Similarly, prior series of 10–18 patients assessing only paralytic scoliosis using older instrumentation techniques have reported coronal curve corrections ranging from 44% to 55%.16,36 We noted a mean correction of 69% in the entire cohort and improvement in all coronal radiographic parameters except for the coronal balance as measured from CSVL to C-7. Interestingly, coronal balance did not significantly improve in the cohort. When performing subgroup analysis, excluding the 8 patients who primarily had excessive kyphosis, we noted that the change in coronal balance was still not significantly improved (p = 0.83). Possibly, the degree of coronal imbalance preoperatively may have been mild because of the compensatory curvature; therefore, postoperative interval changes may have been marginalized. Although the parameters of coronal imbalance have not been correlated with functional outcomes in neuromuscular scoliosis, the mean coronal imbalance of 2.4 cm was smaller than the 4 cm associated with functional outcomes in adult deformity and therefore may not have any significant clinical impact.11

Tsirikos et al. reported pelvic obliquity improvement of 60%;36 we noted 68% improvement of the pelvic obliquity in our study. The percent correction we observed in coronal parameters would suggest significant improvement with the use of pedicle screw constructs as compared with historical results, but statistical analysis is limited in comparisons between these cohorts.

In the sagittal plane, we only noted a significant change in the thoracolumbar kyphosis (p < 0.05). This alteration in the sagittal plane also significantly changed by the last follow-up, with a loss in the correction from 8.1° to 26.8°. This may reflect an initial overcorrection of the amount of kyphosis required by patients to function properly. Excessive reduction of the kyphosis may impair the functional ability of patients with SCI, as they rely on this forward position to feed or reach their mouths with limited upper extremity mobility and strength. Furthermore, in adolescent idiopathic scoliosis, pedicle screw constructs have been associated with decreased thoracic kyphosis postoperatively.13 However, a historical SCI patient comparison was not available, as most SCI-related series have not reported sagittal parameters. When we assessed the 8 patients who presented with kyphotic angulation greater than the coronal curvature, the postoperative change in overall kyphosis was statistically significant (p < 0.05).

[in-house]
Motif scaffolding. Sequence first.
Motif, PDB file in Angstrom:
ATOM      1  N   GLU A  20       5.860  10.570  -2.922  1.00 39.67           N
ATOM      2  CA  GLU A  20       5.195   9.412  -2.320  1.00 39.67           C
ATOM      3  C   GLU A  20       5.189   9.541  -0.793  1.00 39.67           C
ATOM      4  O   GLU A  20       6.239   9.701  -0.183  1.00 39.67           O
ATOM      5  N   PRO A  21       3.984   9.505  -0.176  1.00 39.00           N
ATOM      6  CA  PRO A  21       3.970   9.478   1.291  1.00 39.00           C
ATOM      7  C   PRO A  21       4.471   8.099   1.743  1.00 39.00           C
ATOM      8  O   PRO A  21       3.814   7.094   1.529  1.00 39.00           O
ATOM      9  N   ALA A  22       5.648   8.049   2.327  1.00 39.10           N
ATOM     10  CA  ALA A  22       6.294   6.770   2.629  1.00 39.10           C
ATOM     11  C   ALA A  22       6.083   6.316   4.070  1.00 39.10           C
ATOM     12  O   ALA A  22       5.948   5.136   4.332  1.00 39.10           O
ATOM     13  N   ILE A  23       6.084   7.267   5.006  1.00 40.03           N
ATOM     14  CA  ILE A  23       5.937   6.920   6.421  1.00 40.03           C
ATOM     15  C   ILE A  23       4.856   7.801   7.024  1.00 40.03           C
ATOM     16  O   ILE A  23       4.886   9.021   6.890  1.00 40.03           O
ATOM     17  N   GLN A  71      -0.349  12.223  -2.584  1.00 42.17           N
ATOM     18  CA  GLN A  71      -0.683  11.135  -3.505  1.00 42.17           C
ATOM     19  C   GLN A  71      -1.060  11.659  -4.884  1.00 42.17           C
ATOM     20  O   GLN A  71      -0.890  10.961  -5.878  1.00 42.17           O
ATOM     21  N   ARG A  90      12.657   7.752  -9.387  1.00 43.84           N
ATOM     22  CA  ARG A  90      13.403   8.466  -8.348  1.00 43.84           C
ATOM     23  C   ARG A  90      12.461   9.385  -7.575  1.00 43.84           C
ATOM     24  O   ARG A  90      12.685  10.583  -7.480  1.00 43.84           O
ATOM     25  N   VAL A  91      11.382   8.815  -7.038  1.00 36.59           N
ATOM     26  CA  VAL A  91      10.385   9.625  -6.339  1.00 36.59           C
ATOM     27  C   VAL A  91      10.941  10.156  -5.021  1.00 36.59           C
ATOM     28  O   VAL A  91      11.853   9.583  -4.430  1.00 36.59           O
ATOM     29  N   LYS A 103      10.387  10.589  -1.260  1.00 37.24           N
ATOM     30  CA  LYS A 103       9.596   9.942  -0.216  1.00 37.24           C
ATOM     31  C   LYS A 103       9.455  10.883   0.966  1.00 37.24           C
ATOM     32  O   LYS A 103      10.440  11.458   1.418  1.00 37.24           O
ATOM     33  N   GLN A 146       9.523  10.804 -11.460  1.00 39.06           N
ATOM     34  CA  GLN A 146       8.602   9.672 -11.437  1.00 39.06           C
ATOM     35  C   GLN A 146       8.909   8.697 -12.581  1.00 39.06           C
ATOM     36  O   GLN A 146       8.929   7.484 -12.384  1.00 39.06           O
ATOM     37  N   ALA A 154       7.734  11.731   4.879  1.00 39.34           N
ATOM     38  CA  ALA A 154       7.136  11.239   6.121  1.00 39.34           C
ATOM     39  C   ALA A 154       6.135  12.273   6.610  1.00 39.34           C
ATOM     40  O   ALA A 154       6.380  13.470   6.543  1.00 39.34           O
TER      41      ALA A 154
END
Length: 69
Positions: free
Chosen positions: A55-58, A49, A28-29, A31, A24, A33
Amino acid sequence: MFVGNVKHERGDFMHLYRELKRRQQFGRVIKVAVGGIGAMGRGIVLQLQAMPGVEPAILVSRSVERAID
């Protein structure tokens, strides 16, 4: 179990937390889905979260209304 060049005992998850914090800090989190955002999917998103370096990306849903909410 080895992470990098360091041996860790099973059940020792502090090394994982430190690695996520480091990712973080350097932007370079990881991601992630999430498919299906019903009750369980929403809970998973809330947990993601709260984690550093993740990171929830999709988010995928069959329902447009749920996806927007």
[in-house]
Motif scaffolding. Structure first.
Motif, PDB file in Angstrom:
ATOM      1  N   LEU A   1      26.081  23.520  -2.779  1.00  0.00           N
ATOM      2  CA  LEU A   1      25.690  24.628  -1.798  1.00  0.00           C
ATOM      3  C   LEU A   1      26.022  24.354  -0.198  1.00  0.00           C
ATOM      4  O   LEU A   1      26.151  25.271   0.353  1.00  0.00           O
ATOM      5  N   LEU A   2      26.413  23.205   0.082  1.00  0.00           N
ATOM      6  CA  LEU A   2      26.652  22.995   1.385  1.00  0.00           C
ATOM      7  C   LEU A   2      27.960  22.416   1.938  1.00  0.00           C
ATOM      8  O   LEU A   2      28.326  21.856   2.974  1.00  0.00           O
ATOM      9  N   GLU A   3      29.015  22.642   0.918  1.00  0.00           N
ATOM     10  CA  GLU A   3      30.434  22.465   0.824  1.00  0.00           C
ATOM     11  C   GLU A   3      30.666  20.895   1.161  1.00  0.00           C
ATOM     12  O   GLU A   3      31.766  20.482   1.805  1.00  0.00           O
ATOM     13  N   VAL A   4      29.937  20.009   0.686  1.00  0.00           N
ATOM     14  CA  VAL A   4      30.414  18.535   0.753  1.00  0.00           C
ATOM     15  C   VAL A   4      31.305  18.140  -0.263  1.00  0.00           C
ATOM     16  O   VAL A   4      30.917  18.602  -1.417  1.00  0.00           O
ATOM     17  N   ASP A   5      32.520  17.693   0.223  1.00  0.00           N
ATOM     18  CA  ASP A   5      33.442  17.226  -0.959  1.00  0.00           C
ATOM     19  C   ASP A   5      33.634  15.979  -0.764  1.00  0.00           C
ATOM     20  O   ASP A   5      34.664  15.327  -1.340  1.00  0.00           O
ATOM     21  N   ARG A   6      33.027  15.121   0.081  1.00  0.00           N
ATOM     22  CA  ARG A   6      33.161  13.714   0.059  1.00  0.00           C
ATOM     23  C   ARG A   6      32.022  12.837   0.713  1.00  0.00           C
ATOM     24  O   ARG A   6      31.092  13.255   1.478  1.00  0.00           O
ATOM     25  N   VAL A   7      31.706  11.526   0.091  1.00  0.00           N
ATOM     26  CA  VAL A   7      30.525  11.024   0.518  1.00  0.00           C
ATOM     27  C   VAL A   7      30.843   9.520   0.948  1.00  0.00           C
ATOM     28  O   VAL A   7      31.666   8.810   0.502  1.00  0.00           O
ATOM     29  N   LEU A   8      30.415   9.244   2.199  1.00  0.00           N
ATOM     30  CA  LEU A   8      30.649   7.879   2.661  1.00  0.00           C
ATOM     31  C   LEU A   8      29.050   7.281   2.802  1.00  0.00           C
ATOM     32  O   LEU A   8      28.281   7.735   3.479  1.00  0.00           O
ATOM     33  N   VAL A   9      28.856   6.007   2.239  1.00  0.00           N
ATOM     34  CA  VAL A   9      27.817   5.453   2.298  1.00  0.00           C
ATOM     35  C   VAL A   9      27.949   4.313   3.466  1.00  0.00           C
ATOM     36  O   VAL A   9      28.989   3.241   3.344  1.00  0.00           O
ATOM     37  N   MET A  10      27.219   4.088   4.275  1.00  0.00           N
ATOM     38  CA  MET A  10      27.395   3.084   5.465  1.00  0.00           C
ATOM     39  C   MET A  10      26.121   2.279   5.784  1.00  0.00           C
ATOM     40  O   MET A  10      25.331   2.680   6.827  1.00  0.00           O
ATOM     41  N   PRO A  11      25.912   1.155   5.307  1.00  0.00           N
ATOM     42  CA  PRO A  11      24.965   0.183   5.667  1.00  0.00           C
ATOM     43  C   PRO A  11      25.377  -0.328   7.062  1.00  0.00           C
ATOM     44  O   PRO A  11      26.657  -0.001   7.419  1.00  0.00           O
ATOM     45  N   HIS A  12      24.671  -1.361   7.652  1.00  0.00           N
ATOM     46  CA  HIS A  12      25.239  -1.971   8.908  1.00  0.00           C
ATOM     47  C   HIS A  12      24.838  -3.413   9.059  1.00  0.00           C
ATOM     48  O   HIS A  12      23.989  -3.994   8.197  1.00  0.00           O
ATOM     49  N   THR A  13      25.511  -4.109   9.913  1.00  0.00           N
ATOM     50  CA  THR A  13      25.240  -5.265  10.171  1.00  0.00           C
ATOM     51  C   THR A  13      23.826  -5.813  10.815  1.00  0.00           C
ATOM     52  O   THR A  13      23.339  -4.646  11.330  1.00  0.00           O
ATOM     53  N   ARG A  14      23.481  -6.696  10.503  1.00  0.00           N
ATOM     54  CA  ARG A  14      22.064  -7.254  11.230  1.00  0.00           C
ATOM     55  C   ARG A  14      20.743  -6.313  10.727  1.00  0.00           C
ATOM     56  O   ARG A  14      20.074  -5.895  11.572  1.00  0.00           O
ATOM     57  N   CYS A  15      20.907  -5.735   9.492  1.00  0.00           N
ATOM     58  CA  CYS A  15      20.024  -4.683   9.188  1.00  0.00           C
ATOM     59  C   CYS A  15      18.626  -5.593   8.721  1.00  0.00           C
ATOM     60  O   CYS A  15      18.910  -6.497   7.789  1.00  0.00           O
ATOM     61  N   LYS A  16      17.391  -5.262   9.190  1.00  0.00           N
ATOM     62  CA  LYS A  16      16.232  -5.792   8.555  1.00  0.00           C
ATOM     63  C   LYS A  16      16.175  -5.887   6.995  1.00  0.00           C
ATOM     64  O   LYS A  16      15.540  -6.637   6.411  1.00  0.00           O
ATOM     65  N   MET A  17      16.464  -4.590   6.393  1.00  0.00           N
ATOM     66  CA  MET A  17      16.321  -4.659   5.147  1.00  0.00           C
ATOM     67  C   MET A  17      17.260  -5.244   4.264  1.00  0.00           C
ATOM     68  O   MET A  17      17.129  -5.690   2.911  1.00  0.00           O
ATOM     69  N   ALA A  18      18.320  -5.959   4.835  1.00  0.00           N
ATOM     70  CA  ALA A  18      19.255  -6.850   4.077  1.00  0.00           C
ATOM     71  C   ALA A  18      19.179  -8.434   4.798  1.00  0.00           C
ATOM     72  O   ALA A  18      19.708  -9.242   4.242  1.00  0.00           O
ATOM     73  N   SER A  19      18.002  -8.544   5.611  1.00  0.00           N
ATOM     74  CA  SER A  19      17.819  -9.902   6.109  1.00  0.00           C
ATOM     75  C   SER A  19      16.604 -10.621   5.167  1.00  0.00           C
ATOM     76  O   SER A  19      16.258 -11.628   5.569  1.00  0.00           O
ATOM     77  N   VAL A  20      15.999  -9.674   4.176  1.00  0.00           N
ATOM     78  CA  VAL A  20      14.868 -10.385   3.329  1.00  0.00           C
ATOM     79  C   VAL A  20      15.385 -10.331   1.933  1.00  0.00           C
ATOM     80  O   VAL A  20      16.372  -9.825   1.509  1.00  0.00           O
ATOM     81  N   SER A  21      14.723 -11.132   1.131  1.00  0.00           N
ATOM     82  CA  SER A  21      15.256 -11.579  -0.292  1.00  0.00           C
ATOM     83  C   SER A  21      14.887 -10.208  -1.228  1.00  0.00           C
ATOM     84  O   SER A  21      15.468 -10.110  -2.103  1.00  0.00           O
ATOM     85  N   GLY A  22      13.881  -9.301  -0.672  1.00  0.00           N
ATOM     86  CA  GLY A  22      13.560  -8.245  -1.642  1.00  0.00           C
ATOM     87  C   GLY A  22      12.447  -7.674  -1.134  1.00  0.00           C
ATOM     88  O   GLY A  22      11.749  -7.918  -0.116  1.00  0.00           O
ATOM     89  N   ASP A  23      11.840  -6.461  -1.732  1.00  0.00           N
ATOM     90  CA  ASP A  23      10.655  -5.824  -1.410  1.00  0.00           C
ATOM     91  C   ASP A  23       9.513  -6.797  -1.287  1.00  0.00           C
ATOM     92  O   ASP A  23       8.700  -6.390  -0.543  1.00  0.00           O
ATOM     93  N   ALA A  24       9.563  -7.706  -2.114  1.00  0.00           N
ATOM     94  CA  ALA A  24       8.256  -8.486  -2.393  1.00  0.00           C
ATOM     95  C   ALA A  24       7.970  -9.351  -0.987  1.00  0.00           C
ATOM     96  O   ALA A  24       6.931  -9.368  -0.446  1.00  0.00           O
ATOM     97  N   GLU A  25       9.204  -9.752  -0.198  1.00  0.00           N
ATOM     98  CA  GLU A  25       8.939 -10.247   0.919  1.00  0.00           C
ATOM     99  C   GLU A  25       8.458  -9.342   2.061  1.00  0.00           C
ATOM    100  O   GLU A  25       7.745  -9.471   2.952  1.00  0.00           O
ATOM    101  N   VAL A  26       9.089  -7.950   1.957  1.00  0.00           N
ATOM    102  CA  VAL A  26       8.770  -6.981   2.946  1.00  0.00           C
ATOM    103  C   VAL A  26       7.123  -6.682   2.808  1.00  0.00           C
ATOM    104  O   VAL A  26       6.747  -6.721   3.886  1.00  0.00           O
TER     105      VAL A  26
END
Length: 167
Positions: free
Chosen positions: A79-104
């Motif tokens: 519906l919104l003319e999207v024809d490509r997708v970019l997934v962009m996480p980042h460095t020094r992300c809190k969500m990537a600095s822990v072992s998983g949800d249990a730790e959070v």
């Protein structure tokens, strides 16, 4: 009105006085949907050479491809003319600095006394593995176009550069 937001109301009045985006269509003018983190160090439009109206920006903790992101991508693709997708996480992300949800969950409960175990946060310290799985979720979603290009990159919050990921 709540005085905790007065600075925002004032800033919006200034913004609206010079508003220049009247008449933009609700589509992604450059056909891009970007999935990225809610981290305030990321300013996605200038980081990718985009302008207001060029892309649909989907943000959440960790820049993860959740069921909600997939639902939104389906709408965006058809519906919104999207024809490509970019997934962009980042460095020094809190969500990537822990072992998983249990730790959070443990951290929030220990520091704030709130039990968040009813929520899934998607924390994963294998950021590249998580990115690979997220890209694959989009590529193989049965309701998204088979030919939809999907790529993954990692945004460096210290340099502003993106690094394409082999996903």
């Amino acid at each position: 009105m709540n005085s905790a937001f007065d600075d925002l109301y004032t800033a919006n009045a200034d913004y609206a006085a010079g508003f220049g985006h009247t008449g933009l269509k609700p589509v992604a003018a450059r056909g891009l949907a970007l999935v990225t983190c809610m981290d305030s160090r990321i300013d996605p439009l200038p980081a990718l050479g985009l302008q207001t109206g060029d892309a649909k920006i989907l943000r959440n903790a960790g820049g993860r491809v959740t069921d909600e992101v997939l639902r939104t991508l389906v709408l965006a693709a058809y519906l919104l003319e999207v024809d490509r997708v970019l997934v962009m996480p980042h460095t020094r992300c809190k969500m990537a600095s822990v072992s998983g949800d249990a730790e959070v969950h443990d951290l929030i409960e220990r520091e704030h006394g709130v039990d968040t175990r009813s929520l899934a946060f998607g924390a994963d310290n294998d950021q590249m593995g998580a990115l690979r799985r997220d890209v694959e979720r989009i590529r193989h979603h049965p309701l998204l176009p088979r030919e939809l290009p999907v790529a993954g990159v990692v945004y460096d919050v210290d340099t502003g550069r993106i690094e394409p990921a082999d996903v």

Overall, pedicle screw constructs appear to provide better correction of coronal parameters and offer significant improvement in sagittal kyphosis as well. However, overcorrection, especially in the sagittal plane, may be counterproductive and may contribute to increased functional impairment. A limitation of the current study is the absence of a functional outcome analysis. Unfortunately, clinical parameters for most patients were not available for us to complete any analysis. Furthermore, there are currently no well-accepted functional outcome measures for this group of patients. However, we intend to investigate subjective feedback from the patients and caregivers who could help to elucidate the benefits and disadvantages of spinal deformity surgery in SCI. Although pedicle screws appear to provide good radiographic results, correlation with clinical outcomes is necessary to determine the true impact of pedicle screw constructs on SCI-related scoliosis correction. The impact on sitting balance and ulcer development is more important than simply improving the radiographic pelvic obliquity. Mercado et al. reviewed the literature and reported that spinal fusions appeared to positively influence quality of life measures in patients with cerebral palsy and muscular dystrophy but did not clearly benefit patients with scoliosis from myelomeningoceles.22 Currently, the literature is too sparse to draw any significant conclusions regarding SCI-related scoliosis. Ideally, additional prospective multicenter data are required to better determine the impact of pedicle screws on SCI-related scoliosis.

Conclusions

In SCI-related scoliosis, pedicle screw constructs appear to provide improved correction of the coronal plane and offer substantial improvement in the sagittal plane as well. Significant correction can be achieved in coronal parameters, but caution should be exercised to avoid overcorrection of the sagittal plane. Further correlation of radiographic outcomes with clinical results is required to better determine the impact of pedicle screws on SCI-related scoliosis correction.

Author Contributions